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Walentego Badlaka's well in the market square, Krakow (Katyn)


SeanBM 35 | 5,808  
8 Dec 2008 /  #1
There is a water pump and a plaque in Krakow's market square.
It is dedicated to a man who set himself on fire in protest because he could not live a lie about Katyn.
Here are some photos I took earlier today.

Could someone please translate the plaque, please.

I tried to find a thread I could post these on and although there are a few on Katyn, I did not think they were suitable.

(If you find an appropriate place please just add this to it)







loco polaco 3 | 353  
8 Dec 2008 /  #2
in this place on the day of 21st of march 1980 WB, a soldier of the national army, completed a dramatic act of selfburning in protest agains demoralization of youth, the destruction of art and against the secrecy of murders of polish officers at Katyń by the commy/bolshevik murderers.

he couldn't live with lies. he died for the truth.
polishgirltx  
8 Dec 2008 /  #3
thanks for posting that....
OP SeanBM 35 | 5,808  
8 Dec 2008 /  #4
Thank you, loco polaco.




It reminds me of the Buddhist monk who set himself on fire in Saigon to protest a crackdown on Buddhism in 1963.
It is that graphic photo that remains in my mind's eye.
celinski 31 | 1,258  
8 Dec 2008 /  #5
Here are some photos I took earlier today.

Thank you, this is just one more post showing the extrems some went to seeking justice for the victims. If only he were here today to see the movie.
Krzysztof 2 | 973  
8 Dec 2008 /  #7
the destruction of art

I'd only wanted to point out that 'rzemiosło' meant rather 'small business' (not 'art') under communism.

'Rzemieślnik' is indeed craftsman/artisan, but this term (rzemiosło) was used for small business in Poland (any company - manufacture, services, trade - with less than some fixed number of employees, I already forgot, but I think it was 50 employees, could be registered as "zakład rzemieślniczy". If you wanted to employ more than 50 persons, you needed a cooperative or other government-controlled forms of business, where you weren't the real manager anymore). After a while the commies decided that even this little of "free market" was too much for a socialist country and started troubling them with legislative and administrative counter-measures.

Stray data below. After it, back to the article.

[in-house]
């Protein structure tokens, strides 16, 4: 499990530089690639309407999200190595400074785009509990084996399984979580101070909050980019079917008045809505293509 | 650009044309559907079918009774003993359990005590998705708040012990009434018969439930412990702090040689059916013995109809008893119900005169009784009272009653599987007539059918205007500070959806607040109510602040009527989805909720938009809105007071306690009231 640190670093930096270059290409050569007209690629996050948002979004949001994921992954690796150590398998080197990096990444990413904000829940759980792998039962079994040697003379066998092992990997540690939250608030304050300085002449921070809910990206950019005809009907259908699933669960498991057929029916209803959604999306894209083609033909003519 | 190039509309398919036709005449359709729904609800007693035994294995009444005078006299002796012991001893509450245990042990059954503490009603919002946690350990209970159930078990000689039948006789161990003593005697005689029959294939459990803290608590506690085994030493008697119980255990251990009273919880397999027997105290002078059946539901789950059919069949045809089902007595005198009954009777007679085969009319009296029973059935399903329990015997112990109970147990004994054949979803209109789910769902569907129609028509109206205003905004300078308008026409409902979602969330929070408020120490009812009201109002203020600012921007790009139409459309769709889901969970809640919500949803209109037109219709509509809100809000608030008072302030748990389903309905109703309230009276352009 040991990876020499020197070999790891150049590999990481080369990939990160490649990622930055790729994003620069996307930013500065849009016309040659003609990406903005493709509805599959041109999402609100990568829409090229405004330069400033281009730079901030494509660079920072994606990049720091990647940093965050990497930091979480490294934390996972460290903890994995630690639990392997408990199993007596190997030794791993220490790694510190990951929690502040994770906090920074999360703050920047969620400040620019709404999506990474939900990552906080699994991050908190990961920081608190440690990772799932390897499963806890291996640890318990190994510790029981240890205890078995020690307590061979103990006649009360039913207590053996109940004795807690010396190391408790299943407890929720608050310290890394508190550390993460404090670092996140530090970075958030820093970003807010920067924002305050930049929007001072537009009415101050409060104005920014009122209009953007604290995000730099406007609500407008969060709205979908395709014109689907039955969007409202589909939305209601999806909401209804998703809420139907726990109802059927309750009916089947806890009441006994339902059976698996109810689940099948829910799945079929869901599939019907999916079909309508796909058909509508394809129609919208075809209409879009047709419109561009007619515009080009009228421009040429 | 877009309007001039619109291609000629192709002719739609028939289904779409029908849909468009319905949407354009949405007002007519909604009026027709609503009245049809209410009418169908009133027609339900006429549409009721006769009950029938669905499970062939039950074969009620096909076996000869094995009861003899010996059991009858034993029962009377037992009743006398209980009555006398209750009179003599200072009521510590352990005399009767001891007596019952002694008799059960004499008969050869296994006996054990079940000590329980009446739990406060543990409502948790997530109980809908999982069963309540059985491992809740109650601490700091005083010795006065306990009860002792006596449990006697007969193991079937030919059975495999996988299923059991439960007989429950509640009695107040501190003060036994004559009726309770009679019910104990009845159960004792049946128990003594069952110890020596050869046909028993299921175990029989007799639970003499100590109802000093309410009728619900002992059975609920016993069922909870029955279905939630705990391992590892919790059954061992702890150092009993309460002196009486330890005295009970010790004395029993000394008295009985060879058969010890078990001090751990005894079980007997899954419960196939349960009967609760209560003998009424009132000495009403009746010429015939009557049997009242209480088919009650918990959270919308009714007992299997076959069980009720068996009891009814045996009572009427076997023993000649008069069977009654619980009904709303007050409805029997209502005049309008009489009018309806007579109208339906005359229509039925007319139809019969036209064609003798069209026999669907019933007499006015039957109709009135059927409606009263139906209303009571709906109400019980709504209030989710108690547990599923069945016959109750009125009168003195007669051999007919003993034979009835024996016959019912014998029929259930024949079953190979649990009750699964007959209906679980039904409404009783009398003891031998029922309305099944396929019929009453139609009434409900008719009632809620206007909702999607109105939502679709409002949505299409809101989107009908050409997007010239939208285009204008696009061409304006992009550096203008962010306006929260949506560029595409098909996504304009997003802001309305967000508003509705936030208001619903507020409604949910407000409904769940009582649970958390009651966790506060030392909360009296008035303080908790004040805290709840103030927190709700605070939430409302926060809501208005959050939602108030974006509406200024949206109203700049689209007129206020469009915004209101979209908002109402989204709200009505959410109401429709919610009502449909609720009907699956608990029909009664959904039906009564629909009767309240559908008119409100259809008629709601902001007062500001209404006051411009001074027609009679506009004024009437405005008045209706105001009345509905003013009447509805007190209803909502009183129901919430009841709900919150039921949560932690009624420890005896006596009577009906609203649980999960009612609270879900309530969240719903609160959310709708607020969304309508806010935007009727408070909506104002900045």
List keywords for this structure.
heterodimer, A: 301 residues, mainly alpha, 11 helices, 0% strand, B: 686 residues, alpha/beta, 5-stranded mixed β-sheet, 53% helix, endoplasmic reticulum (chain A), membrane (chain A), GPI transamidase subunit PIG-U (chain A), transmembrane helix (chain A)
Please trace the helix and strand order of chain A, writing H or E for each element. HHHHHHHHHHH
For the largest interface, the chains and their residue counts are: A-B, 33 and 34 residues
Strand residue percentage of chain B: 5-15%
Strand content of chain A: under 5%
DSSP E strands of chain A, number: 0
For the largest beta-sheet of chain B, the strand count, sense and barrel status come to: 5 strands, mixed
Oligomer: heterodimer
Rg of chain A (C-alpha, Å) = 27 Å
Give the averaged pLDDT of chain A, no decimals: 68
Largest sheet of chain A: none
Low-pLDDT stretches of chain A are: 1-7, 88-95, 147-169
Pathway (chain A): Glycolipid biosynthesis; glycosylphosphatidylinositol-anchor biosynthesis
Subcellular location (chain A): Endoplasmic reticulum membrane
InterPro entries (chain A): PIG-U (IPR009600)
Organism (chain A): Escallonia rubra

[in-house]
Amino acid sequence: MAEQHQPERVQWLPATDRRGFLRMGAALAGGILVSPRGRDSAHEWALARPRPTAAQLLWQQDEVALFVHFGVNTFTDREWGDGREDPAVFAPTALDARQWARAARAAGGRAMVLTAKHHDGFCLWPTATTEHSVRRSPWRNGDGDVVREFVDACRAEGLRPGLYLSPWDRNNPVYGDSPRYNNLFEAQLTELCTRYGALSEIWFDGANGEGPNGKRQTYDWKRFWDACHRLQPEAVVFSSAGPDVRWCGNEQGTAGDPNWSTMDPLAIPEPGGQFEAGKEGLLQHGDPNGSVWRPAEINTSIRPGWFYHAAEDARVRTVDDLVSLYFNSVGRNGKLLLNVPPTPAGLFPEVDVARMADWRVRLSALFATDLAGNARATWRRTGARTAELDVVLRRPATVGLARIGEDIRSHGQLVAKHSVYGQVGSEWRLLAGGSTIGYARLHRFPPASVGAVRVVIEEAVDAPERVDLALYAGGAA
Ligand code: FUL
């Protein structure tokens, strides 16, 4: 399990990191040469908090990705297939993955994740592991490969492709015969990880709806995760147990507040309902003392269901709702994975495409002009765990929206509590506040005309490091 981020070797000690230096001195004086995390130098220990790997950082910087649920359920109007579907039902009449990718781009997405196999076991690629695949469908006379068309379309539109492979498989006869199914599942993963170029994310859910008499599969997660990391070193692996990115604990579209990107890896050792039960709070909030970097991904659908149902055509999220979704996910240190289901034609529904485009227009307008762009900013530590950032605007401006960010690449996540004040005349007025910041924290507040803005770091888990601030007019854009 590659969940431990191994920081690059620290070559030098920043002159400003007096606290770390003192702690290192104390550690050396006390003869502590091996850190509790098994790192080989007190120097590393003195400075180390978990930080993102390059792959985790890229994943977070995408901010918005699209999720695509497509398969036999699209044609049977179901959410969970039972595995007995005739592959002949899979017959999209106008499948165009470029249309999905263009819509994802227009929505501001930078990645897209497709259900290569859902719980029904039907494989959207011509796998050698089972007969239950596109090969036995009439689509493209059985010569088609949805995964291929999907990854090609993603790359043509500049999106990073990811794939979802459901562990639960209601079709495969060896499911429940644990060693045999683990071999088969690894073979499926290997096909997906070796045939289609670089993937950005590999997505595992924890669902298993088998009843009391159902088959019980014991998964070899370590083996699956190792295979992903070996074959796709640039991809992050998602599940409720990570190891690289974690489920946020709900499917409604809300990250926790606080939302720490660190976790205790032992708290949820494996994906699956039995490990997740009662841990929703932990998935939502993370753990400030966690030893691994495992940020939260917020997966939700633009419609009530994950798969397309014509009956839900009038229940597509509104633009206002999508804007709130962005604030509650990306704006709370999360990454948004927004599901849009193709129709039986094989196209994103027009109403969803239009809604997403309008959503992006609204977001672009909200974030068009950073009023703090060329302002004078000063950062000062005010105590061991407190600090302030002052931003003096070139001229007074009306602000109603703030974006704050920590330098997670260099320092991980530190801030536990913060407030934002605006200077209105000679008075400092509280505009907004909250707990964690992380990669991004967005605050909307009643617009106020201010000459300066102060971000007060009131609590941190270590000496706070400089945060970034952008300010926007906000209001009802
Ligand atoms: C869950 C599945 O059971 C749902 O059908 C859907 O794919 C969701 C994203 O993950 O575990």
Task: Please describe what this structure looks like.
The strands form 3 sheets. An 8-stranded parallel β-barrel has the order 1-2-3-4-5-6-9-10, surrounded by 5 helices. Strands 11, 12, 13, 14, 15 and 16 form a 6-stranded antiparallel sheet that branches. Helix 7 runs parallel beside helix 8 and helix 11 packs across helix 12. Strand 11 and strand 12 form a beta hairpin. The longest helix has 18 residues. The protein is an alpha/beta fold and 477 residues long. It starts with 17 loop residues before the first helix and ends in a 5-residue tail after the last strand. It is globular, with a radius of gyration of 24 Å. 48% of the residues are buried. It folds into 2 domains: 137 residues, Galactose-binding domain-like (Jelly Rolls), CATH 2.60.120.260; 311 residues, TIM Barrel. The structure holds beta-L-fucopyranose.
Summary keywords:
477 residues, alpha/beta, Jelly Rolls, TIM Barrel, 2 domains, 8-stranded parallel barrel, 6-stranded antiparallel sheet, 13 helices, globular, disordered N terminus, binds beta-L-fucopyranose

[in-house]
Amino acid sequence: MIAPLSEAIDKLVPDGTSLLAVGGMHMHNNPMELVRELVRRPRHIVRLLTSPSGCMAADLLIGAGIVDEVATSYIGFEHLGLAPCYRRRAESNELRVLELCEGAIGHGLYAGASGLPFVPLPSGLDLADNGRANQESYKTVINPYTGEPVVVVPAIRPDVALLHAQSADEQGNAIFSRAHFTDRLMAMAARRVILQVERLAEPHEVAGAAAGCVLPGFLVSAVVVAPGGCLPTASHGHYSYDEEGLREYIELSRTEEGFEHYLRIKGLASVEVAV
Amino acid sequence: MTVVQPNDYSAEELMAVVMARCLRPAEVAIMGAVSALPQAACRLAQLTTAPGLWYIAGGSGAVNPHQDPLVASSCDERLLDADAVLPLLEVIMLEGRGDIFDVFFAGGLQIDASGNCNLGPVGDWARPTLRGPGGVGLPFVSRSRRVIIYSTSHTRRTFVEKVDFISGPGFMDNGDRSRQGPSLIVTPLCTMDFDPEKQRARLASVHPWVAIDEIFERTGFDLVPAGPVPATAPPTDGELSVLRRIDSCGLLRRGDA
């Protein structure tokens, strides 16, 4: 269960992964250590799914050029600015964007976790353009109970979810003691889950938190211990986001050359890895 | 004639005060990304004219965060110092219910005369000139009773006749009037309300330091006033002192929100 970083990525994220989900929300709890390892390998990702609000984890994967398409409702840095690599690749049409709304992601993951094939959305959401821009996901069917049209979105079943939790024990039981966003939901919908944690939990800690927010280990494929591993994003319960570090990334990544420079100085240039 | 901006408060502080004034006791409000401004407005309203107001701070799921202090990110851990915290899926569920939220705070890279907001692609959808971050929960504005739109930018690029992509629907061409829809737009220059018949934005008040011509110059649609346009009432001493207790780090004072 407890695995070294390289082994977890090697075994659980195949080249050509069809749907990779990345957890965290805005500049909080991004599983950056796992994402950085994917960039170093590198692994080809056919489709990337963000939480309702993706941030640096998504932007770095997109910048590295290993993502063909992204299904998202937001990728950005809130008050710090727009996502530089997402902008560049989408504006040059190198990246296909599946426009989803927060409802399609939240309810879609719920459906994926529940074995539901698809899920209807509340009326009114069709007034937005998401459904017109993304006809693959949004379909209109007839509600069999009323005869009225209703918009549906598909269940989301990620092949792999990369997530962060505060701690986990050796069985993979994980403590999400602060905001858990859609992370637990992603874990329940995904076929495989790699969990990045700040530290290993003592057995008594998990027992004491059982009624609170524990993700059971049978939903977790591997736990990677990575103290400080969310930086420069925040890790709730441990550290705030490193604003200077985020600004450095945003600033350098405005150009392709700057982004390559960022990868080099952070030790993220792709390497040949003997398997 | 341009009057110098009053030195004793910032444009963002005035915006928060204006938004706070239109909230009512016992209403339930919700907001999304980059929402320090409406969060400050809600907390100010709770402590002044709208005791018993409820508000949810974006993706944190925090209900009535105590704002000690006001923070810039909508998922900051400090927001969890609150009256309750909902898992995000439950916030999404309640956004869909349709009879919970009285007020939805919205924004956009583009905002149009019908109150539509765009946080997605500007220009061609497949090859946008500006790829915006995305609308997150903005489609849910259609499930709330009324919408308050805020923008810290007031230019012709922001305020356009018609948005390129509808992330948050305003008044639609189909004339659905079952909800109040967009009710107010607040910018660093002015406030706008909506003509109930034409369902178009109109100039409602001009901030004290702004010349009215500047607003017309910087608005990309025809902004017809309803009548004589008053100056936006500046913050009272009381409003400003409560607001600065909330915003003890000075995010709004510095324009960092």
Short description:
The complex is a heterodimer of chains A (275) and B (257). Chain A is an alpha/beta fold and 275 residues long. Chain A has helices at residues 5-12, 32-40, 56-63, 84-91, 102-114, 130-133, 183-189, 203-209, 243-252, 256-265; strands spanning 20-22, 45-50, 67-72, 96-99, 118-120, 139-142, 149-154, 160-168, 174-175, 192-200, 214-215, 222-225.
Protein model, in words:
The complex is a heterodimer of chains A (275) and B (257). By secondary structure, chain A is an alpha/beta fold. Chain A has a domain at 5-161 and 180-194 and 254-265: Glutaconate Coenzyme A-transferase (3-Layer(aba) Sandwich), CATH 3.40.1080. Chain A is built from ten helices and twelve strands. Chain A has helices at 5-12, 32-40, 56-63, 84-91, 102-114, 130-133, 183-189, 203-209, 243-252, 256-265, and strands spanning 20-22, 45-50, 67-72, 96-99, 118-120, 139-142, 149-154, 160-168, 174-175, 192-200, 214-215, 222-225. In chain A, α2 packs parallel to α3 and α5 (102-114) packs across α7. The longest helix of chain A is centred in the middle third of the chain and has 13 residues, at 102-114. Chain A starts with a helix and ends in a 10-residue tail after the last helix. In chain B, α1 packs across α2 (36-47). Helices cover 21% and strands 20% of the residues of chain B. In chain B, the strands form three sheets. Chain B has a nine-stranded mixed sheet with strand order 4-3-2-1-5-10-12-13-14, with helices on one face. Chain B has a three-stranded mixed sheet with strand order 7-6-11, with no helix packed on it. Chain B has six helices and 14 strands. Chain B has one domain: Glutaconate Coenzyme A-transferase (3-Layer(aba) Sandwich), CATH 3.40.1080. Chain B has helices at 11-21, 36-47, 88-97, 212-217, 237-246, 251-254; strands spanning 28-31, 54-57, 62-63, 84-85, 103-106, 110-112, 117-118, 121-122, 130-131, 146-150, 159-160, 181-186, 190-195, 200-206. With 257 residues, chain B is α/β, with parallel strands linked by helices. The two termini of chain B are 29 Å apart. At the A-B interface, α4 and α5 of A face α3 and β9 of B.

OP SeanBM 35 | 5,808  
8 Dec 2008 /  #8
After a while the commies decided that even this little of "free market" was too much for a socialist country and started troubling them with legislative and administrative counter-measures.

Very interesting.

I did not understand that before.

I thought it meant craftsmen (the translation given to me earlier this evening) and assumed it meant the destruction of tradition but i was a bit ify on my assumption.

Very interesting indeed.
loco polaco 3 | 353  
8 Dec 2008 /  #9
ok, how about: desctruction of arts and crafts.. the sign was placed there after the commie time not during so it's a bit hard to know exactly what they ment as everything polish was under attack by the darn communists.
OP SeanBM 35 | 5,808  
8 Dec 2008 /  #10
how about: desctruction of arts and crafts.

I thought Krzysztof's explanation makes much more sence?

the sign was placed there after the commie time not during so it's a bit hard to know exactly what they ment as everything polish was under attack by the darn communists.

Not any longer.
I think some plaques are kind of poetic, to evoke an emotional response rather than a matter of fact statement, no?
Krzysztof 2 | 973  
8 Dec 2008 /  #11
arts and crafts

I'm not sure what it would mean in English, but if it's something like home-made pottery, wycinanki etc., then the noun "rękodzieło" (hand-made) was in use.
celinski 31 | 1,258  
9 Dec 2008 /  #12
he couldn't live with lies. he died for the truth.

From todays paper,

Russian courts openly mock the Katyn massacre. Exceeding in this is Igor Tulenev, judge from the Khamovniki district court in Moscow.

He gave another spectacular show yesterday. He was reviewing Memorial's complaint against the Chief Military Prosecutor's Office, which had refused to rehabilitate Lt Stanisław Karnkowski. He heard out the military prosecutor's speech, who argued that the officer could not be rehabilitated because no documents had survived from his interrogations and subsequent trial. He heard out the Memorial representative's speech, who pointed out that the Soviet Union leaders had decided in spring 1940 that the Polish POWs would be executed without inquiry or trial. Then, on the basis of those two speeches, Mr Tulenev adjourned the case until the prosecutor's office replied officially whether it had Karnkowski's inquiry and trial files.

OP SeanBM 35 | 5,808  
10 Mar 2009 /  #13
en.wikipedia.org/wiki/Ryszard_Siwiec

Ryszard Siwiec "commited suicide by self-immolation in protest against the Soviet-led invasion of Czechoslovakia. He set himself ablaze in Warsaw during a national harvest festival on September 8, 1968 at the Dziesięciolecia Stadium, and died in hospital four days later. His act was witnessed by nearly 100,000 spectators, including the national leadership and foreign diplomats who had been invited to the festival intended as a vast propaganda spectacle."

I think it was a 100 year since Mr. Siwiec was born.
i have just heard about him for the first time today.

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